Cornell University welcomed its first 412 students to the rural campus overlooking Lake Cayuga in Ithaca, New York, on October 7, 1868. Cornell is one of the original institutions funded as a result of landmark federal legislation, the Morrill Act of 1862. Named for Vermont Congressman Justin Morrill, this legislation offered states grants in the form of federal lands proportional to their population to establish public institutions (colleges) in agriculture, mechanic arts (engineering), military science, and classical studies. Proceeds from the sale of these federal lands were meant to build and operate the new colleges.
The land-grant colleges also provided greater access to college for women. Women were formally admitted to Cornell in the spring of 1872.
Cornell is proud of many firsts. These include the nation’s first university degree in veterinary medicine and the first doctorates in electrical engineering and industrial engineering. Cornell established the first four-year schools of hotel administration and industrial and labor relations. The Cornell University Press was the first university publishing enterprise in the U.S. and is one of the country’s largest university presses. Cornell was the first among all U.S. colleges and universities to allow undergraduates to borrow books from its libraries.
Cornell University was one of the first colleges to field a football team. “Big Red,” the nickname for all Cornell’s varsity teams, was first “Big Red Bear,” when in 1916, the varsity football team collected $25 to purchase a black bear cub they nicknamed Touchdown. A student wearing a costume was substituted for the live bear not long afterward.
A second Morrill Act, passed in 1890, sought to extend access to higher education through additional endowments for all land-grant institutions as established in the 1862 act. This legislation withheld funds from states that failed to provide, at minimum, separate but equal educational facilities for African Americans, and led to the founding of many historically black colleges and universities.
Some of the most well-known land-grant institutions are Purdue University in Indiana, the Massachusetts Institute of Technology in Boston, Tuskegee University in Alabama, Pennsylvania State University, Ohio State University, and the University of Wisconsin-Madison.
Today, Cornell is the only land-grant institution of New York State and equally a privately endowed university, the only land-grant member of the Ivy League/Ancient Eight, and a partner of the State University of New York.
Search across the photograph collections on Cornell or Ithaca to see more photographs of Cornell University, as well as the scenic Ithaca Falls and Cascadilla Gorge.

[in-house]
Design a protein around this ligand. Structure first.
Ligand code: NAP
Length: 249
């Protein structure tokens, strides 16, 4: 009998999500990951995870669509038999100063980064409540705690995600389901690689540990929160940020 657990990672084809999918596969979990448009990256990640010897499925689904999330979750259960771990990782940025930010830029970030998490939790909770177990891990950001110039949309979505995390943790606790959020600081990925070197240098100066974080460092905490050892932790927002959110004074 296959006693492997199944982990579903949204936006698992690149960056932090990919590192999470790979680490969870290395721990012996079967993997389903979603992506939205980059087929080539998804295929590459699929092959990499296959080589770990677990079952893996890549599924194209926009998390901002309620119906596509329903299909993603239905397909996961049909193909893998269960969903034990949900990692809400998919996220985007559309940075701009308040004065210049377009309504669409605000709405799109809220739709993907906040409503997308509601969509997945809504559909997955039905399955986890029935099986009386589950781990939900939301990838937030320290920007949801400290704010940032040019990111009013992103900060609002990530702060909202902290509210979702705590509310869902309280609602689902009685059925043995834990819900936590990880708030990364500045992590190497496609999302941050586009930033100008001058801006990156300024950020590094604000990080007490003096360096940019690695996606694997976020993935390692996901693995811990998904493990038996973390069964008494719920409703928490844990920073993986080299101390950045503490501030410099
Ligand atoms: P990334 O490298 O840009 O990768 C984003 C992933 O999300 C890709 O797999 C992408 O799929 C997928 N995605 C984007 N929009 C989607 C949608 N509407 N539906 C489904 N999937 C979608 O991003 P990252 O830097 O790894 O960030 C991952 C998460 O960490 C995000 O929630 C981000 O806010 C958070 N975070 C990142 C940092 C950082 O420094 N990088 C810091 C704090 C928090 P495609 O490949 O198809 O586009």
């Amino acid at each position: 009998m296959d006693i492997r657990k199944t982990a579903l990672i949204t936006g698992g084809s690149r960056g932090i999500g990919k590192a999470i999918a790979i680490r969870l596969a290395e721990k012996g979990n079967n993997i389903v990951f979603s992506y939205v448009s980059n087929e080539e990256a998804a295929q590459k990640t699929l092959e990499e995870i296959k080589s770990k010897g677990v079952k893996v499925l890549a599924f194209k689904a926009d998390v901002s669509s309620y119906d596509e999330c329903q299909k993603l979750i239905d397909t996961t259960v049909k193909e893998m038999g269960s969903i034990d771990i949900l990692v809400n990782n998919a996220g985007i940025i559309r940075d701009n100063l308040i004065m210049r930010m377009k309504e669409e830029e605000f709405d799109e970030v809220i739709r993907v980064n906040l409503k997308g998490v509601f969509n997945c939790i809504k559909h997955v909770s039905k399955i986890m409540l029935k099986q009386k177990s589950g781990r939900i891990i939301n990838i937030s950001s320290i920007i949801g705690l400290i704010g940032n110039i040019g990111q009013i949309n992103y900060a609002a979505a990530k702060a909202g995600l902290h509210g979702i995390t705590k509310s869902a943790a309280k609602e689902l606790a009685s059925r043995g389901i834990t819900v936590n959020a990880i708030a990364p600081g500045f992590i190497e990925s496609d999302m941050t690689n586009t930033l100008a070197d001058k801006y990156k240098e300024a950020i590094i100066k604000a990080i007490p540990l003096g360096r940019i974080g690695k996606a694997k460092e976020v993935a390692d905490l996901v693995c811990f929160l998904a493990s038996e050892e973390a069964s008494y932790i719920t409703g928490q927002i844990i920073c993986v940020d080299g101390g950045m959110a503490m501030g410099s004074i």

October 7, 1979, was the final day of the fall roundup and trail drive for the Ninety-Six Ranch. The ranch lies along Martin Creek, a tributary of the Little Humboldt River in the upper section of Paradise Valley, Humboldt County, Nevada.
The cattle ranch’s annual cycle began in spring with the birth of the calves. The calves were branded and turned out with the rest of the herd to summer on grazing range about fifteen miles due north of the ranch in the Santa Rosa Mountains. Each fall, some 2,000 cattle were gathered from the range and driven home.
One week before the fall roundup, the buckaroos, as cowboys are known in this region, packed their gear and traveled from the Ninety-Six Ranch in the valley to a line camp in the mountains. The (line) camps along the trail were located near a spring or stream, and consisted of a permanent cabin with a wood-burning cookstove and bunks, a fenced area to hold the cavvy (a string of horses), a place to store hay, and a corral where the day’s mounts were caught and saddled.
A buckaroo’s day started early during roundup time. At 5:30 in the morning, the buckaroos ate breakfast, put away bedrolls, and began to gather the cattle that they found throughout the range. It took three days to round up the cattle and three more days for the trail drive back to the ranch.
During part of the year, the herds grazed on public land managed either by the Bureau of Land Management, part of the Department of the Interior, or on lands overseen by the U.S. Forest Service, part of the Department of Agriculture. The federal land managers followed detailed regulations governing the date upon which a herd could come onto the land, the date for the roundup, and the permitted herd size, expressed in “Animal Unit Months” (AUMs).
Buckaroos used a variety of techniques to move the animals. To drive cattle from a thicket, they made noisy cattle calls—perhaps by banging on a tin can or by shaking a can full of stones. They were always careful not to cause a stampede. Cowboys often rode to a site above the cattle and positioned themselves out of sight, then rode down the hill so that the cattle would move in the desired direction. Activities such as card playing, conversation, good food, and, even frisbee, provided recreation along the trail.
At the end of the roundup, any calves born during the summer or overlooked in the spring were branded, and the marketable cattle sold. During the winter, the remaining herd, mostly cows, was fed hay and kept in nearby pastures. In the spring, with the birth of new calves and a turnout to the grazing range, the cycle began again.
Watch and listen as Les Stewart, owner of the Ninety-Six Ranch, shows how the ranch used to stack hay with a large wooden derrick, explains his strategy for branding, and introduces the group of buckaroos who rousted the 1979 roundup.
Search on Native American or Paiute to find out more about the Northern Paiute from the Fort McDermitt Indian Reservation who have worked on the Ninety-Six Ranch from its earliest days.